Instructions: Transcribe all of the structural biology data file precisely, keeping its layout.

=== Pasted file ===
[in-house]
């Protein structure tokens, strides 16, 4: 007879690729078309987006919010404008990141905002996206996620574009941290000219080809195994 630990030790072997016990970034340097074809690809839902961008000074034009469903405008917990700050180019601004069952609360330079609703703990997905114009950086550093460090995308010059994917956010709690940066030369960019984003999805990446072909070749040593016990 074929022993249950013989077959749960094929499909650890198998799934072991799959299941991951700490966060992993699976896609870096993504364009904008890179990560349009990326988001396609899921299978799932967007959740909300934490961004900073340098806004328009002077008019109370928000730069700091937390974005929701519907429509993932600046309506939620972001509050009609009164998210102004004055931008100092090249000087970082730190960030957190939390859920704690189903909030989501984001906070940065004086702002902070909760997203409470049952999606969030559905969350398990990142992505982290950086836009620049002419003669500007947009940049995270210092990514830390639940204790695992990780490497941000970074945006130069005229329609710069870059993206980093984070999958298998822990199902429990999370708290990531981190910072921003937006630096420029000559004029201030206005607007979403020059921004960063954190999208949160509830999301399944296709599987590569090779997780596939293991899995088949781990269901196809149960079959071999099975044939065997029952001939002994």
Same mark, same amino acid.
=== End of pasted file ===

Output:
[in-house]
């Protein structure tokens, strides 16, 4: 007879690729078309987006919010404008990141905002996206996620574009941290000219080809195994 630990030790072997016990970034340097074809690809839902961008000074034009469903405008917990700050180019601004069952609360330079609703703990997905114009950086550093460090995308010059994917956010709690940066030369960019984003999805990446072909070749040593016990 074929022993249950013989077959749960094929499909650890198998799934072991799959299941991951700490966060992993699976896609870096993504364009904008890179990560349009990326988001396609899921299978799932967007959740909300934490961004900073340098806004328009002077008019109370928000730069700091937390974005929701519907429509993932600046309506939620972001509050009609009164998210102004004055931008100092090249000087970082730190960030957190939390859920704690189903909030989501984001906070940065004086702002902070909760997203409470049952999606969030559905969350398990990142992505982290950086836009620049002419003669500007947009940049995270210092990514830390639940204790695992990780490497941000970074945006130069005229329609710069870059993206980093984070999958298998822990199902429990999370708290990531981190910072921003937006630096420029000559004029201030206005607007979403020059921004960063954190999208949160509830999301399944296709599987590569090779997780596939293991899995088949781990269901196809149960079959071999099975044939065997029952001939002994």
Same mark, same amino acid.